I HAIL from a small village in Azad Jammu and Kashmir (AJK) and am currently working as the chief electrical engineer in a consulting firm based in Riyadh, Saudi Arabia. Whenever I visit Pakistan and go to my village, I see grave issues related to the power distribution network.
As AJK generally comprises hilly areas with houses usually scattered here and there, electricity in villages is distributed through 11KV overhead lines with pole-mounted transformers (PMTs) located at different places.
Unfortunately, the distribution has been done — and is still being done — in such a haphazard manner that no safety standards are followed. This results in many safety hazards for the residents, including fatal accidents, with overhead lines sometimes falling on the ground. In some cases, the PMTs get burnt, causing various abnormalities in the power distribution system.
The authorities concerned are requested to adhere to some minimum safety standards while executing projects. For instance, overhead lines must have proper protection devices so that if a line falls, the device trips and isolates the line. Besides, the size of PMTs should be according to the number of houses they cater to and the load they can handle.
Similarly, fuses or other protection devices at the load-side of transformers should be used as per the size of transformers to isolate them in case of overload, thus preventing them from burning out. Voltage lines should be installed at a certain height to limit the chances of children getting closer to them or touching them.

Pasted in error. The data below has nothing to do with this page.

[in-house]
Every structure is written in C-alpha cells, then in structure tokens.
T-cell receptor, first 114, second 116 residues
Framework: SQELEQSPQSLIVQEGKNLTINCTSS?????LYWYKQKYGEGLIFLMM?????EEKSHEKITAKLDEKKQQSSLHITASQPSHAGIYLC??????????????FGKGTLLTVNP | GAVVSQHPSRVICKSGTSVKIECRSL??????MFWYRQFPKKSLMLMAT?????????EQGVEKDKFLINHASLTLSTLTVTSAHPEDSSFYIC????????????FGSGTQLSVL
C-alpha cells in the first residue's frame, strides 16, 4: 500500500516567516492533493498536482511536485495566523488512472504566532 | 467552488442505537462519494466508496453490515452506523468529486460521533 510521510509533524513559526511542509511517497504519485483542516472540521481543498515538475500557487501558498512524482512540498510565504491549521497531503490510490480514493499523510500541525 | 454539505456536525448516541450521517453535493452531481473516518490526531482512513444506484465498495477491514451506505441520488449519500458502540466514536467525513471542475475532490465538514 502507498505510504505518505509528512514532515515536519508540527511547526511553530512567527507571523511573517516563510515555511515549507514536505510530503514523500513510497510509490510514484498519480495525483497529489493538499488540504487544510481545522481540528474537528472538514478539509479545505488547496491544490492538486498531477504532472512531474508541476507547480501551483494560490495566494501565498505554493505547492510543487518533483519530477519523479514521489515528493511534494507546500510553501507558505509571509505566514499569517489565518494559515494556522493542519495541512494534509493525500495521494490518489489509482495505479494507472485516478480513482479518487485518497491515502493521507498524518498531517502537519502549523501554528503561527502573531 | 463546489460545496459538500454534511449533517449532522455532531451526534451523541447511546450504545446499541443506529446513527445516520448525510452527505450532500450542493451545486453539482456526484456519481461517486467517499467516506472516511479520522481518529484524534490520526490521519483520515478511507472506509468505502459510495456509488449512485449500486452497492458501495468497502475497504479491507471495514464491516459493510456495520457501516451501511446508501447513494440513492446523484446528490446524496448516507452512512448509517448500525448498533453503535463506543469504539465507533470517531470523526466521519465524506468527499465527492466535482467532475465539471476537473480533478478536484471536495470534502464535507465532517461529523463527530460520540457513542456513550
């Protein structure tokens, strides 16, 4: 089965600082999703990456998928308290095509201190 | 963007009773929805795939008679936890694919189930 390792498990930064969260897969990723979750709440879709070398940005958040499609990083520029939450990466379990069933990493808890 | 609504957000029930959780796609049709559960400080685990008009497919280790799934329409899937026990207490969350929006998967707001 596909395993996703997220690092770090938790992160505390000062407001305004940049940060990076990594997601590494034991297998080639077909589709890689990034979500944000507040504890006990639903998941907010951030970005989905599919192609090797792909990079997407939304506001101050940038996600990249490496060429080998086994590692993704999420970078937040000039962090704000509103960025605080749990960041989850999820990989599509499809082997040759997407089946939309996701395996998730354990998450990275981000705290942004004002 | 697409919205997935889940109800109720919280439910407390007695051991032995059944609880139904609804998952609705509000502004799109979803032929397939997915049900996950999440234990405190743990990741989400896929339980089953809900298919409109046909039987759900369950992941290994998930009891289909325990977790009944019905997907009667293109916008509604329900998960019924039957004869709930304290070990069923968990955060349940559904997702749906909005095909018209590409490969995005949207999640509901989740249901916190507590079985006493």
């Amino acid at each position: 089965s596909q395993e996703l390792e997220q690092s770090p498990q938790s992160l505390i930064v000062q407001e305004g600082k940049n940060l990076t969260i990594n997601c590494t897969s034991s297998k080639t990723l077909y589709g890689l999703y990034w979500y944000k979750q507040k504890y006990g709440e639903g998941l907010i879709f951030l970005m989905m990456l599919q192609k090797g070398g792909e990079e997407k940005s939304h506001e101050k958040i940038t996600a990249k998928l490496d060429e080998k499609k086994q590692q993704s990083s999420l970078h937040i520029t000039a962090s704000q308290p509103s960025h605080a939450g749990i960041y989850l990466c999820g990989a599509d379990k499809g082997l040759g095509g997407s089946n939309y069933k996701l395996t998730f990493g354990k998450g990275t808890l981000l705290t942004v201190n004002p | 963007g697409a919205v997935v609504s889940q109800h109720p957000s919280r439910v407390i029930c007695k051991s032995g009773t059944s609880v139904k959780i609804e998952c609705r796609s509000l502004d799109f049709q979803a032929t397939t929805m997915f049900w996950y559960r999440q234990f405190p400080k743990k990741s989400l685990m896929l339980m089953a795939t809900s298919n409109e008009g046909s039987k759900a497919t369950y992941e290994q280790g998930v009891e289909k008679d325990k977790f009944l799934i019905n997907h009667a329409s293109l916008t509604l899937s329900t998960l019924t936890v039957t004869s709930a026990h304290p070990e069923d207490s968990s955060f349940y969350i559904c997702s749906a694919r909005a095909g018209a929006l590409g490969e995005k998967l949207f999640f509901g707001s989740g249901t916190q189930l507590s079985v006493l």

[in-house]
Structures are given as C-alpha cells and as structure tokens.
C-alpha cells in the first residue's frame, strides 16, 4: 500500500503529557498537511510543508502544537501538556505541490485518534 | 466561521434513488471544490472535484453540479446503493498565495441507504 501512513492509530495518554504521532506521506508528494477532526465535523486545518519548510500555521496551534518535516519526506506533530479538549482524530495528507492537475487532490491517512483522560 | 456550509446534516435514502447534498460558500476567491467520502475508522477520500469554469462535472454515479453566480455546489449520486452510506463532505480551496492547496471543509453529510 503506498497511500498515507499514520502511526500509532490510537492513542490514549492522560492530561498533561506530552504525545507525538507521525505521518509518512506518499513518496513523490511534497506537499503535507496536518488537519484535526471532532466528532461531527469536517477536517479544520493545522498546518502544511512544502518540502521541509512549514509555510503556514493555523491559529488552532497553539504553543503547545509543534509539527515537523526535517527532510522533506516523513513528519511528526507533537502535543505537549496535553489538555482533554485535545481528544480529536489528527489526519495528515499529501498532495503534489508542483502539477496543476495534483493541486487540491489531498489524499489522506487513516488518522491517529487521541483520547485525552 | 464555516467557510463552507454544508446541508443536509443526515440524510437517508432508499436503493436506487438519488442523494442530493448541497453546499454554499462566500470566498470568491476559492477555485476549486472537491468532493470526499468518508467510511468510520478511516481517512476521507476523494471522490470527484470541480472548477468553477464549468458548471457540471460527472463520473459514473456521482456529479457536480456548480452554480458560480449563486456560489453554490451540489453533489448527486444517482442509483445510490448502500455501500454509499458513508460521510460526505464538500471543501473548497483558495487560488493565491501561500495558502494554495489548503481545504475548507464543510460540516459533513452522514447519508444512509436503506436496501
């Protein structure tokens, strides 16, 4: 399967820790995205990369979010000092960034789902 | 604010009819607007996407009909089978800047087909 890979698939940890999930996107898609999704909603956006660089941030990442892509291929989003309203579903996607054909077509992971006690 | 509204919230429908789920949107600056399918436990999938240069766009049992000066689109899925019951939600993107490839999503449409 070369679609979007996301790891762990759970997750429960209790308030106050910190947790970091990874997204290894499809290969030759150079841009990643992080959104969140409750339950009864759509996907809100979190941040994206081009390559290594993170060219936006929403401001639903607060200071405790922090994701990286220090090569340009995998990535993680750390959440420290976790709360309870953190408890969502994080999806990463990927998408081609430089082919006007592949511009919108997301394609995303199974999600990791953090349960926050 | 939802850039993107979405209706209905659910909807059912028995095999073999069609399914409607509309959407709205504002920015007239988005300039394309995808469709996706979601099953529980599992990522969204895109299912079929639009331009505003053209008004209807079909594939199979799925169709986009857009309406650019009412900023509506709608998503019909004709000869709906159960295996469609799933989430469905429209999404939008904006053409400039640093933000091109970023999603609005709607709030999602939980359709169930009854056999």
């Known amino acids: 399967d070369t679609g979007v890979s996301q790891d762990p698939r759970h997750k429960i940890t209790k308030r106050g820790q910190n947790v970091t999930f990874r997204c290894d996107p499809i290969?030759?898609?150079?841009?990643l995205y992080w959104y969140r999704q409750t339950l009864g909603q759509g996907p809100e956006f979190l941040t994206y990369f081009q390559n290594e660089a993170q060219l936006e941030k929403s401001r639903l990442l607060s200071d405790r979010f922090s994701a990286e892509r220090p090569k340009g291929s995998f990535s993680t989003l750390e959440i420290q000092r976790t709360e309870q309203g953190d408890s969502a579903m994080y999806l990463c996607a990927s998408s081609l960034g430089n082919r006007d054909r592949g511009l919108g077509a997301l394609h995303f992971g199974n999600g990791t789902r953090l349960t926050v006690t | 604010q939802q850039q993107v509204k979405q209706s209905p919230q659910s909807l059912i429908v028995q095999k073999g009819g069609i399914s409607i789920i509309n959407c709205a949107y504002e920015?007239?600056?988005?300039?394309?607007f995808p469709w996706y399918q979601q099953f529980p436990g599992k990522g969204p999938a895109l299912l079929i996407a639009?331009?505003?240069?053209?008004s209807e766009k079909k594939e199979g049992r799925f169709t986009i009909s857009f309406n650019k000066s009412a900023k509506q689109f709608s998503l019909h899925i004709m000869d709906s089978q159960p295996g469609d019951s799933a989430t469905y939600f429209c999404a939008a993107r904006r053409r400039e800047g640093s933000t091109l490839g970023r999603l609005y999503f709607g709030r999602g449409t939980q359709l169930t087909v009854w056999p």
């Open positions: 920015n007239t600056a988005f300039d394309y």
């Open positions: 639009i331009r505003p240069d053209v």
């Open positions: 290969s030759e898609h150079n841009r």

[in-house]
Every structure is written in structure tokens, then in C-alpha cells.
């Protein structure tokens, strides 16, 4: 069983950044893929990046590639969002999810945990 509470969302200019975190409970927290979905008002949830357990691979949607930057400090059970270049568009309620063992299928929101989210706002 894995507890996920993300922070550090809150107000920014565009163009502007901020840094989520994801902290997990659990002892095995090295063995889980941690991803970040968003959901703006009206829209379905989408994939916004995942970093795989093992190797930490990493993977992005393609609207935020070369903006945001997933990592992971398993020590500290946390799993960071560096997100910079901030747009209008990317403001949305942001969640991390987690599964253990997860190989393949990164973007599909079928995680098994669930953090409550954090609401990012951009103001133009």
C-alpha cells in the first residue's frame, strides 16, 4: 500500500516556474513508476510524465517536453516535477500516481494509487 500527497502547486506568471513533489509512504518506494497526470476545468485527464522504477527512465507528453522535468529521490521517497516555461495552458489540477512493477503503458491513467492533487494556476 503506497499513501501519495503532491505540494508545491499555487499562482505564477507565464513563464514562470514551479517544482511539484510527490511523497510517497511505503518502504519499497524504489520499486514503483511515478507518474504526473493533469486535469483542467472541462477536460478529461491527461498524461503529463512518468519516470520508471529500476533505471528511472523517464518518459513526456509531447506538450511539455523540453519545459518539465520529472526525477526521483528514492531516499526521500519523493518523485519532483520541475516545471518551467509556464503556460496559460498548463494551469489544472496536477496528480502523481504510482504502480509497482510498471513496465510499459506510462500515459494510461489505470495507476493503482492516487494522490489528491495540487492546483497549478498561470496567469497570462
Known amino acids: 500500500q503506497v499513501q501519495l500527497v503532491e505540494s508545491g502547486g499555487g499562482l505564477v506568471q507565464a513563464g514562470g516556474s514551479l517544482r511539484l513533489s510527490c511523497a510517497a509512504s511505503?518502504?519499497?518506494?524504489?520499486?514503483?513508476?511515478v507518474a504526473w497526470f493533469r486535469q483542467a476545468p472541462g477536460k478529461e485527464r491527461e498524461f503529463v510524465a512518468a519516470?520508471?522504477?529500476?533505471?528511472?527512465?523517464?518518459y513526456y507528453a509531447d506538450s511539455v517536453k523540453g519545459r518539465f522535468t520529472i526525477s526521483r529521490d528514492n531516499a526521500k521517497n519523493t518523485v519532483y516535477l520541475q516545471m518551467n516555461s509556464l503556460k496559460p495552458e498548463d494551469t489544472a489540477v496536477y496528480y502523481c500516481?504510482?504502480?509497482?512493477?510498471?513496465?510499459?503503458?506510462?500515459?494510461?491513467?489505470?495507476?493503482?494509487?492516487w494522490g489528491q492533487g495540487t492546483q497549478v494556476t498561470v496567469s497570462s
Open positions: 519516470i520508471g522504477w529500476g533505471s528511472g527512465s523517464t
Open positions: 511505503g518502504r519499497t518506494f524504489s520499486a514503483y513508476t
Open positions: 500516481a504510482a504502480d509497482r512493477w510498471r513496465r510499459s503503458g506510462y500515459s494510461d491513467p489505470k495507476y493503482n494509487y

Another problem that needs to be addressed is that sometimes low-voltage overhead lines cover long distances. As a result, light-bulbs or other devices at farther locations from transformers either do not work or get burnt or damaged because of seriously low voltage.
One reason why the departments concerned sometimes do not get enough time for planning is public or political pressure to speed up the execution work. Therefore, the relevant authorities must be able to deal with such a situation and ensure minimum safety standards to avoid fatal accidents or loss of lives.
It is true that a lot of effort is needed to fix the power distribution network marred by years of mismanagement. But we have to take the first step — in the right direction, of course. However, in order to implement the discussed measures, the system needs proper planning and design before the work is started at the site.
Riyadh, Saudi Arabia
Published in Dawn, January 15th, 2022